"Harriet " a Nice Intro to Harriet, but Hold the Melodrama!



Harriet (2019)

Directed by Kasi Lemmons

Focus Features, 126 minutes, PG-13 (violence, racial slurs)



tells the story of one of history’s more remarkable individuals: Araminta (“Minty”) Ross (1822-1913). Don’t recognize that name? How about Harriet Tubman? That’s the name she chose when, in 1849, she fled on foot from bondage from a plantation on Maryland’s Eastern Shore and made her way to Philadelphia.  


That journey would have been enough trauma for most escaped slaves, but instead Tubman became a major “conductor” on the Underground Railroad. The diminutive Tubman–she was barely 5’ tall–made 13 returns across the Mason-Dixon Line and liberated an estimated 70 slaves. Once the Fugitive Slave Act went into effect in 1850, she also helped smuggle those without freedom papers into Canada. (The Canadian Federation, as a British Commonwealth partner, abolished slavery in 1833.) Tubman went on to become the first African American woman to command Federal troops and led an 1863 raid in South Carolina that freed an additional 750 slaves.


Director Kasi Lemmons–who also cowrote the screenplay with Gregory Allen Howard–concentrates on Tubman during the years 1852-60, with a coda concerning the South Carolina raid. Kudos for casting Cynthia Erivo as Harriet. Erivo portrays Harriet as equal parts country girl, spitfire, and fiery adversary. We don’t get much information about her childhood, and the source of the visions she endured is merely alluded to. (An overseer hurled a metal weight at another slave, missed, and instead struck Harriet in the forehead. Tubman suffered painful headaches that one biographer suggests were epilepsy.)  For Minty, the breaking point came when she married John Tubman in 1844. Documents surfaced that showed that she and her mother was supposed to be freed when the latter turned 45. Minty approached her master Edward Brodess, but the documents were ignored. The last straw was the sale of her three sisters, which occurred after Edward died and left his widow Eliza (country singer Jennifer Nettles, looking a lot like Amy Poehler) with crippling debt.


In Philadelphia, Minty became Harriet Tubman after meeting black abolitionist William Still (Leslie Odom, Jr.), who coordinated Underground Railroad raids. She would eventually also meet William Seward, Frederick Douglass, and John Brown. (She took  part in planning for Brown’s ill-fated 1859 raid on Harpers Ferry.) Tubman even returned to Maryland to liberate her husband (Zackary Momoh), only to learn he assumed Harriet was dead, had taken another wife, and didn’t wish to flee.


This is all very dramatic stuff. Lemmons assembles a good cast, but she slips when drama becomes melodrama. A major subplot involves Harriet’s dealings with Gideon Ross (Joe Alwyn). Alwyn is very good as a blue-eyed son of privilege who tries to keep Minty in line when she’s on the plantation and pursues her when she flees. There is frisson between the two that implies past closeness with hints it might have been sexual. Is Gideon looking out for her safety, or is he the Devil in disguise? It doesn’t matter; he is not an historical character. Gideon is at best a composite; at worst he’s like Harriet’s elegant Philadelphia boarding house keeper Marie Buchanon (Janelle Monáe): a complete fiction. Also on the melodramatic side is Lemmons’ elision of time. The suggestion is that Harriet was constantly bursting into Still’s office to demand another raid to free more Maryland slaves; in truth, her ventures took place over an 11-year period.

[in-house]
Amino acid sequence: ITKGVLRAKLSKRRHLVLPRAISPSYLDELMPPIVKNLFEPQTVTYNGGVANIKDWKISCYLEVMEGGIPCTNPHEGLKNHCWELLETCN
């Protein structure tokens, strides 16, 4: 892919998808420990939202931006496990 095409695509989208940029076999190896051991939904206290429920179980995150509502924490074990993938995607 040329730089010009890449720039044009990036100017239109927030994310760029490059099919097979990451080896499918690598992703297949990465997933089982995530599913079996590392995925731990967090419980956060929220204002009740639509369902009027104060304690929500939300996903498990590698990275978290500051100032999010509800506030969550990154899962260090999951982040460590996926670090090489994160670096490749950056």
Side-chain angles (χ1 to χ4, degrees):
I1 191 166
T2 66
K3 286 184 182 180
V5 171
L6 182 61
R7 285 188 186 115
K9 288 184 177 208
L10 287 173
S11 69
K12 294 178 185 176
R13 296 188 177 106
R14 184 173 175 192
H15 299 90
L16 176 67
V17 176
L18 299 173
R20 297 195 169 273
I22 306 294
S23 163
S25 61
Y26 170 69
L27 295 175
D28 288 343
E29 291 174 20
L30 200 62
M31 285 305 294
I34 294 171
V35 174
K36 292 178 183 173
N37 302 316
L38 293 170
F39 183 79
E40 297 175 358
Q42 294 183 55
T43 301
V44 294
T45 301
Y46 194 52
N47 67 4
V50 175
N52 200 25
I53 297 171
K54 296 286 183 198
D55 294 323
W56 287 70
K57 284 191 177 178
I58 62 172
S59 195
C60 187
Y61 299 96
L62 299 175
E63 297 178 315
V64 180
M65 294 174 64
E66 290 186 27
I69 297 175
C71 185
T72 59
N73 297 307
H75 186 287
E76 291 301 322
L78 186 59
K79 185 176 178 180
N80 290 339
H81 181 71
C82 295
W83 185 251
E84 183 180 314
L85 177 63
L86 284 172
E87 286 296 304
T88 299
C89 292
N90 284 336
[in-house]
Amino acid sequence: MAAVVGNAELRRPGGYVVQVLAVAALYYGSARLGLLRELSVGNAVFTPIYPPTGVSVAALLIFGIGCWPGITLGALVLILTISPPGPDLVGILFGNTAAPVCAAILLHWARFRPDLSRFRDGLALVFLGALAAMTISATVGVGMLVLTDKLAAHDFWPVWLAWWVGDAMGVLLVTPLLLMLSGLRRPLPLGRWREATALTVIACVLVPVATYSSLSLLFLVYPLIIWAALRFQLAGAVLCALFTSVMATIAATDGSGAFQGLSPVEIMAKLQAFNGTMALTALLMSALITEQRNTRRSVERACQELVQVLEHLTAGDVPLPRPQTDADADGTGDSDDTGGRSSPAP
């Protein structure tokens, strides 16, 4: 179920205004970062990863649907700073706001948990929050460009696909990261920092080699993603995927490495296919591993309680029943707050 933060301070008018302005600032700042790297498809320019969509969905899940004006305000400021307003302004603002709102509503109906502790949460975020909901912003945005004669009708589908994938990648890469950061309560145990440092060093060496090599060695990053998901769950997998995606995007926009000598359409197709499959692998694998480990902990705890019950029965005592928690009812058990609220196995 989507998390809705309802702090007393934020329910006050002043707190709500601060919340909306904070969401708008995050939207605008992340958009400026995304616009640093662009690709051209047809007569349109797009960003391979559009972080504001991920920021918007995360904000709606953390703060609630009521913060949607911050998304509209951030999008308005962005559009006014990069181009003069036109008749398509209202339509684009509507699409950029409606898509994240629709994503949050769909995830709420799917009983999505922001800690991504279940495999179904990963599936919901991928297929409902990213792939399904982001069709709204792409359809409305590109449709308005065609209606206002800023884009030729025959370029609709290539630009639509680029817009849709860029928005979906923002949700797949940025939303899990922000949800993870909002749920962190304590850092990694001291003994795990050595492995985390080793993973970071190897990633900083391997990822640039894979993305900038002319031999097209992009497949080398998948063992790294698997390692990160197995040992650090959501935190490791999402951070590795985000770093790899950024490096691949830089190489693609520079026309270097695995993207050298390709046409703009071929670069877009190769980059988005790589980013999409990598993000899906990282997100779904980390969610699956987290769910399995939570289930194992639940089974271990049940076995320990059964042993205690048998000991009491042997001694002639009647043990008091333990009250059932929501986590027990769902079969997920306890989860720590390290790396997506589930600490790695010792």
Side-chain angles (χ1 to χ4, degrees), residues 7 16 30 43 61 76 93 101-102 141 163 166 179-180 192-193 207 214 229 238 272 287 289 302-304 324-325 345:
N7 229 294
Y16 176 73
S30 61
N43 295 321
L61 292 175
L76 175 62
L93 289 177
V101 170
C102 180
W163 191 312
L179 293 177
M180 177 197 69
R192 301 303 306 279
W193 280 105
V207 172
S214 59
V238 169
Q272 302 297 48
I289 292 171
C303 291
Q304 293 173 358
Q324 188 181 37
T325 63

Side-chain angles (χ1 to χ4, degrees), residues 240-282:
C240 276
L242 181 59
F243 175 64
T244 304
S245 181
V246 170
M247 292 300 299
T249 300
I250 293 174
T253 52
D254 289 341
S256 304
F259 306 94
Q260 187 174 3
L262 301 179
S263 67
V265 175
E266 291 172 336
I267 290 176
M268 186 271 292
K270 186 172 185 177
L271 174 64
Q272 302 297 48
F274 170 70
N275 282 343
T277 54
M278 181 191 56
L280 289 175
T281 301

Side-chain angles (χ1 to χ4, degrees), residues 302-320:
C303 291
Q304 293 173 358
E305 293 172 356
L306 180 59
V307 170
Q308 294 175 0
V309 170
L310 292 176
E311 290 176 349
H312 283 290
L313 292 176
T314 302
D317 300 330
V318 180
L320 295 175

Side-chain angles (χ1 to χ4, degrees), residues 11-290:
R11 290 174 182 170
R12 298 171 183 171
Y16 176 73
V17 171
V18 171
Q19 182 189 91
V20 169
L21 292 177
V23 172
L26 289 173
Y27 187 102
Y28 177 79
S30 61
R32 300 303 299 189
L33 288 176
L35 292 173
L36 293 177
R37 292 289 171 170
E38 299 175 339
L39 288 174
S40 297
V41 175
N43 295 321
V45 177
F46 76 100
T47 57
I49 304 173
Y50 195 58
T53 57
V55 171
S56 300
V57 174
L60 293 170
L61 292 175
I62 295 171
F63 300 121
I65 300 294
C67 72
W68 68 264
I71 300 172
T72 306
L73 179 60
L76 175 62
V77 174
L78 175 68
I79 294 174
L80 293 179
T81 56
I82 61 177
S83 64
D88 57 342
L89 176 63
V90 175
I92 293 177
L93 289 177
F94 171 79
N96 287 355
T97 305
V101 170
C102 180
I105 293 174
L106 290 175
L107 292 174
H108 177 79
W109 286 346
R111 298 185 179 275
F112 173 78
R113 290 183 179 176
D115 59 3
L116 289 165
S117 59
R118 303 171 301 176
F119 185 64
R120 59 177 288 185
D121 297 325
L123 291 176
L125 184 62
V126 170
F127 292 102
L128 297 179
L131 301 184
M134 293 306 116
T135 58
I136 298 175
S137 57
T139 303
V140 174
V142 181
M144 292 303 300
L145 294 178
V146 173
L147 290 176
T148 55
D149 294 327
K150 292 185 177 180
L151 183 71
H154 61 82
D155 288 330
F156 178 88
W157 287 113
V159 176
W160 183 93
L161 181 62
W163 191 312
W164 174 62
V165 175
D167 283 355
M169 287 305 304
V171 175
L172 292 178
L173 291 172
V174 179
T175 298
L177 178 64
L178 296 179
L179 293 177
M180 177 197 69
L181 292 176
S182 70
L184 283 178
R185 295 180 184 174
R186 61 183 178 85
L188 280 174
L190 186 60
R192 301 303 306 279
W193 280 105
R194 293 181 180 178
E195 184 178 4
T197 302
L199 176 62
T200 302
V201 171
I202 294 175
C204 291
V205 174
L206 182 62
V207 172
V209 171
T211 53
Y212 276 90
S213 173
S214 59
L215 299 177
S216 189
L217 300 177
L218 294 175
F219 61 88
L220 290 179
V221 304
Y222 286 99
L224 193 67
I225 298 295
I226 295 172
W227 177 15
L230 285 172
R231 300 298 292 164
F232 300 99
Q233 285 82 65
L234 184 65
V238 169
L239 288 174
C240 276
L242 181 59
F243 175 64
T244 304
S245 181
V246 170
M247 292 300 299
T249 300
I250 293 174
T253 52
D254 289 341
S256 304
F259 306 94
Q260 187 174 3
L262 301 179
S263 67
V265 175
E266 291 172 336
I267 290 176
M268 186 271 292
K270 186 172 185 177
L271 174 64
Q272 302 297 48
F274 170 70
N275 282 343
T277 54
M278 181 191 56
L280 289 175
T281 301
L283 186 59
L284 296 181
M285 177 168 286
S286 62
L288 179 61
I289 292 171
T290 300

I give Lemmons a (half) pass on the latter, given that it’s very difficult to bring biography to the screen. All movie biographies shrink time and, when done well, we seldom notice. I noticed. There are a few other invented characters as well, including black slave catchers Bigger Long (Omar J. Dorsey) and Walter (Henry Hunter Hall), though such individuals were real enough.


If you don’t know very much about Tubman’s life, Harriet is a decent introduction. I would, however, encourage you not to let this film substitute for learning more. What you see on the screen can be mostly trusted, but despite its tough subject of slavery, Harriet sometimes plays against its full horror through Hallmark-like sentimental interludes. A question that constantly perplexes me is why screenwriters feel the need to embellish when history hands them ready-made drama.


As a final aside, it is important at this moment in our own history to step back from notions that African Americans freed themselves. What the Underground Railroad did was remarkable and Harriet Tubman is a personal hero, but despite a spate of works–grounded more in now than then–the total number of slaves who escaped was around 100,000. That is impressive, but a small dent in the 4 million who remained in bondage. It took a civil war to end slavery.


Rob Weir